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AMD Projects: Sequencing Bunyaviruses

Molecular characterization, detection and discovery of bunyaviruses transmitted by arthropods (e.g., mosquitoes, ticks, sand flies)

Most bunyaviruses are transmitted by mosquitoes, ticks, or sand flies. The Ochlerotatus triseriatus mosquito pictured here carries a type of bunyavirus that is associated with pediatric encephalitis in the United States.

Bunyaviridae is a large and diverse family of viruses. Most are transmitted by mosquitoes, ticks, and sand flies. Bunyaviruses that are known to cause human disease include the viruses that cause Rift Valley fever, Crimean-Congo hemorrhagic fever , and hantavirus pulmonary syndrome . Recently, newly described bunyaviruses have emerged as causes of severe human illnesses in China, the United States and other countries.

Scientists know very little about most bunyaviruses. They believe that the public health impact of these viruses has been grossly underestimated because of this lack of knowledge. To address this, CDC has generated gene sequence data and improved detection methods for 47 bunyaviruses. Nonetheless, most bunyaviruses remain poorly described and undetectable at this time.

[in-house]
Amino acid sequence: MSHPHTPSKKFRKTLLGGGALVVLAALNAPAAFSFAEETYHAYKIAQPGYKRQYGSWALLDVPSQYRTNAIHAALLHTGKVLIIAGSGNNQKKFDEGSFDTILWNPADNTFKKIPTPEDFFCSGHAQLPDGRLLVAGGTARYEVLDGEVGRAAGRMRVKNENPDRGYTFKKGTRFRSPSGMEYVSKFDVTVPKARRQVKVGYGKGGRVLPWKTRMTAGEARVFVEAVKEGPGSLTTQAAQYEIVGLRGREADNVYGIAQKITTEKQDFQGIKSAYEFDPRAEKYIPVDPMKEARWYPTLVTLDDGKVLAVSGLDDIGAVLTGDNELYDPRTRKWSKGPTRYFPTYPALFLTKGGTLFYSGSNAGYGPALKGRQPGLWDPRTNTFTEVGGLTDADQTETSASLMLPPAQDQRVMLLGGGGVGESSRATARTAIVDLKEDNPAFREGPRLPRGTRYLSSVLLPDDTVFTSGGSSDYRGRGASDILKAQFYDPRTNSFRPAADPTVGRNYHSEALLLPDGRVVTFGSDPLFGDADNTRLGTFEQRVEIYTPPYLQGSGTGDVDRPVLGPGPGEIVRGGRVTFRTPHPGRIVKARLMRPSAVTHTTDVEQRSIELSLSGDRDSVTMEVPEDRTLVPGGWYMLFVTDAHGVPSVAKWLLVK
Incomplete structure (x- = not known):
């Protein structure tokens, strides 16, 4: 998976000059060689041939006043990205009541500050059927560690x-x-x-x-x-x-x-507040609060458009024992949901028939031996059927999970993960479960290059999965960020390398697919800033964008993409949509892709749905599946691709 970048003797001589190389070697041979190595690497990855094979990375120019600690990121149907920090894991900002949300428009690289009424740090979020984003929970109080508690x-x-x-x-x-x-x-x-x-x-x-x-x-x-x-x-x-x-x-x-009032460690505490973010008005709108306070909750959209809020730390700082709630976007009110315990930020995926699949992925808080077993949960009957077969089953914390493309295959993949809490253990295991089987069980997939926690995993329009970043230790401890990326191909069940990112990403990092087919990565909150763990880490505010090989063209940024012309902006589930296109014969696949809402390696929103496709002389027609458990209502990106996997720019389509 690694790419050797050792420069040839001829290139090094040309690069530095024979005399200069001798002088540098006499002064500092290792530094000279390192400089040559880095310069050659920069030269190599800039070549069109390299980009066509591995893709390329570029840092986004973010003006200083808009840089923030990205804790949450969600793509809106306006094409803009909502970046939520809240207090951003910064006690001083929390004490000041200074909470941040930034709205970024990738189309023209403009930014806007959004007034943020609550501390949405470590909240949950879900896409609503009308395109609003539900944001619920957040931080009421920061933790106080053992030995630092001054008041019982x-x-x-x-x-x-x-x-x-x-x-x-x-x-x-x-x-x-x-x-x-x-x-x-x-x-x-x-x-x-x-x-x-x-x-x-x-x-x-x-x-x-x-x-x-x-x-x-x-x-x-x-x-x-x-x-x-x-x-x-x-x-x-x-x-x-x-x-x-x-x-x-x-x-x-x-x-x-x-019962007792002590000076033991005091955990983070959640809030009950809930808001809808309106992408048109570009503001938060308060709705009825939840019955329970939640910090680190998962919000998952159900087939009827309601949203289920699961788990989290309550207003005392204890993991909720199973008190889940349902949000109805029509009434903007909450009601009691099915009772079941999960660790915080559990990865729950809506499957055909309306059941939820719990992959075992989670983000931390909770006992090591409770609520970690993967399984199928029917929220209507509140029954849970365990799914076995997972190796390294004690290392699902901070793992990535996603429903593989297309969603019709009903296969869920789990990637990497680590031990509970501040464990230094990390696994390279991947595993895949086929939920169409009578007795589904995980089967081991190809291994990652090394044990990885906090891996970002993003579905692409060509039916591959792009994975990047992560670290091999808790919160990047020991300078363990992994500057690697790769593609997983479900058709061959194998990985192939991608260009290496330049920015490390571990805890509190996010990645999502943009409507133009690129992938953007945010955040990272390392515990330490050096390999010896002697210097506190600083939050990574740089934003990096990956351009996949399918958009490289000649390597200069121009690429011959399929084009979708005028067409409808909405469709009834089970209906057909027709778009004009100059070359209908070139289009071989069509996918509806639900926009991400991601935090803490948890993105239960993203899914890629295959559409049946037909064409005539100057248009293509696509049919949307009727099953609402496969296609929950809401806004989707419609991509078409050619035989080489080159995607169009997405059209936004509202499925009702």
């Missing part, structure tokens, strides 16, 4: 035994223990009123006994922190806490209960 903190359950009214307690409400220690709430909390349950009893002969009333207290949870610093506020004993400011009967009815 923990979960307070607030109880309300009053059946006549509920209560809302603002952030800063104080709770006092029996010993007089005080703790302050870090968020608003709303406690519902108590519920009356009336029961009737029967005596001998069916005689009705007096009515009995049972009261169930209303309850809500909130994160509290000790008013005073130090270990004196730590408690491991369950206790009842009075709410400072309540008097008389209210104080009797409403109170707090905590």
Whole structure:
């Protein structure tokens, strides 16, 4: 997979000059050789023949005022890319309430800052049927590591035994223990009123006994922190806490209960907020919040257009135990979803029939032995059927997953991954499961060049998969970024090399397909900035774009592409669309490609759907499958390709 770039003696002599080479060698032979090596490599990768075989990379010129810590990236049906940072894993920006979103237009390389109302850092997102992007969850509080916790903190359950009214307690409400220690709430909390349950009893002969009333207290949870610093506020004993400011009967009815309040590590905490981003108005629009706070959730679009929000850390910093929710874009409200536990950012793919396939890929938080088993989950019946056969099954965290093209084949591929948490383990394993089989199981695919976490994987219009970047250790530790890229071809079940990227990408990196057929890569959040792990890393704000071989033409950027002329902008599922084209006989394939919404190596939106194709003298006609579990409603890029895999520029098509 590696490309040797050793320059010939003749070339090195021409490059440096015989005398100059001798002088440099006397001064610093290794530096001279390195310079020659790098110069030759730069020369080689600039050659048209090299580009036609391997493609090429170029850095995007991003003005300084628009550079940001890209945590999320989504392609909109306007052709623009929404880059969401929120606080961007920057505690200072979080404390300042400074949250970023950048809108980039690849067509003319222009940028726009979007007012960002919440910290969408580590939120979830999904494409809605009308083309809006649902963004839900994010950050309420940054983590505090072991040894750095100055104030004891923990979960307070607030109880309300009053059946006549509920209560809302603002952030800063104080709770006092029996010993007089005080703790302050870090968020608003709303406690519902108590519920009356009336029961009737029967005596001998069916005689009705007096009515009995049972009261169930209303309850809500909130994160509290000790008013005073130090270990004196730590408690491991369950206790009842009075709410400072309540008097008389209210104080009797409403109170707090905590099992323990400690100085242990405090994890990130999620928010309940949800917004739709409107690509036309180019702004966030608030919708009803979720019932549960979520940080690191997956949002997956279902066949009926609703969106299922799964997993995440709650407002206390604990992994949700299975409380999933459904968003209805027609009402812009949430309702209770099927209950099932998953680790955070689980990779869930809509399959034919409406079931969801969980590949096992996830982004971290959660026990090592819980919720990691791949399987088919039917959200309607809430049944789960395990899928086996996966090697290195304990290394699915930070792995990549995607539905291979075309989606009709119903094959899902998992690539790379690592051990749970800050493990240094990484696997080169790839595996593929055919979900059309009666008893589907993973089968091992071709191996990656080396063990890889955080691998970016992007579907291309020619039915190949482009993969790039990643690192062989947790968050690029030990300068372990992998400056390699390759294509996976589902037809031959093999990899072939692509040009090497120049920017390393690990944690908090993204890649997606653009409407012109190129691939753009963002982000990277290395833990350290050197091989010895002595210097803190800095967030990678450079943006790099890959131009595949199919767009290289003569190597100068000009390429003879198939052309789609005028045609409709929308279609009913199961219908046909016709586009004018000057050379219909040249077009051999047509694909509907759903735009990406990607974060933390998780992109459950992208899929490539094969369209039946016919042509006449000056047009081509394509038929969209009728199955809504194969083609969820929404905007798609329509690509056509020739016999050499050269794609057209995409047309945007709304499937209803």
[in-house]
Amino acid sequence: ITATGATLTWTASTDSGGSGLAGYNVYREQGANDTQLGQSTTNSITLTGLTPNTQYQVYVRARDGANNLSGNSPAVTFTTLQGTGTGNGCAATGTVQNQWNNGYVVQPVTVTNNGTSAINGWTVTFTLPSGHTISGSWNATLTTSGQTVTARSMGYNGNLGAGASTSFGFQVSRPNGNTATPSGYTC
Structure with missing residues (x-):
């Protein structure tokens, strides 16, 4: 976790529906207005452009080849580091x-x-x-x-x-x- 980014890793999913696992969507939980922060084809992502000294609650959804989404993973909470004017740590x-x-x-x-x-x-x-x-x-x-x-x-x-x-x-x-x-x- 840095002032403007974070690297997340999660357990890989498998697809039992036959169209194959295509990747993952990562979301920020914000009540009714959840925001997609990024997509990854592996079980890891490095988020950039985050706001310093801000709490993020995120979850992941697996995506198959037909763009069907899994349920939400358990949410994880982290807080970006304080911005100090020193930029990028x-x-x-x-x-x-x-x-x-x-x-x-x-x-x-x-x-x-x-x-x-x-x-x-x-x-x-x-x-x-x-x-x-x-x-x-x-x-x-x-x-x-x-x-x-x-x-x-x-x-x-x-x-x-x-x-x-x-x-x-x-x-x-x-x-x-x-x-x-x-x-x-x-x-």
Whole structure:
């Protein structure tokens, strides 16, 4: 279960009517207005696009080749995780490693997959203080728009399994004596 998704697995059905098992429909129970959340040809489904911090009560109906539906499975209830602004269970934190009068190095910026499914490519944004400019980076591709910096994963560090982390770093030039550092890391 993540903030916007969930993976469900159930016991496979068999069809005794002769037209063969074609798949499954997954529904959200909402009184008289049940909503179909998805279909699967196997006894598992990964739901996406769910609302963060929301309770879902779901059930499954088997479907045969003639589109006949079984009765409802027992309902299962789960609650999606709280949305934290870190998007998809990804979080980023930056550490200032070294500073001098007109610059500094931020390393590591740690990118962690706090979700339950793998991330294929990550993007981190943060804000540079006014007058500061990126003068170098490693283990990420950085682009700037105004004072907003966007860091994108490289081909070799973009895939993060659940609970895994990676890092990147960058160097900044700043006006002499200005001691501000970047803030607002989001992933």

To help solve this problem, CDC is using genomic sequencing to analyze its bunyavirus specimens. CDC scientists will use these data to create new tests to diagnose bunyavirus infections. This will help researchers worldwide to improve their ability to detect these viruses and determine more precisely the impact of bunyaviruses on public health.

Download a print-only PDF fact sheet [2 pages]

2017 Project Update

Since this project began, AMD methods have been used to detect and identify numerous emerging arthropod-borne viruses (arboviruses) as part of global collaborations. Internationally, this work includes the first description of the mosquito-borne Batai virus in Italy, as well as the identification of sandfly fever Sicilian virus as the cause of an outbreak of febrile illness in Ethiopia. In 2016, work performed through this project helped inform vector control and vaccination efforts for a Yellow Fever outbreak in Angola, which are curbing further spread of this virus.

In the United States, researchers applied AMD methods for the identification of an emergent, lethal genotype of mosquito-borne La Crosse virus, which can cause deadly encephalitis in children; the primary identification of the tick-associated Heartland virus as a cause of fatal human illness in the United States; and the discovery of tick-associated Bourbon virus linked to a patient’s death in Kansas. In addition, research efforts have included the comprehensive genetic description of multiple, emergent chikungunya and Zika virus strains in the Western Hemisphere. Using genetic data generated by AMD methods, researchers have developed, optimized, and distributed diagnostic assays for the detection of numerous emerging pathogens by other laboratories worldwide. Collectively, these efforts continue to guide the control and prevention of arboviral diseases in the most effective and timely way possible.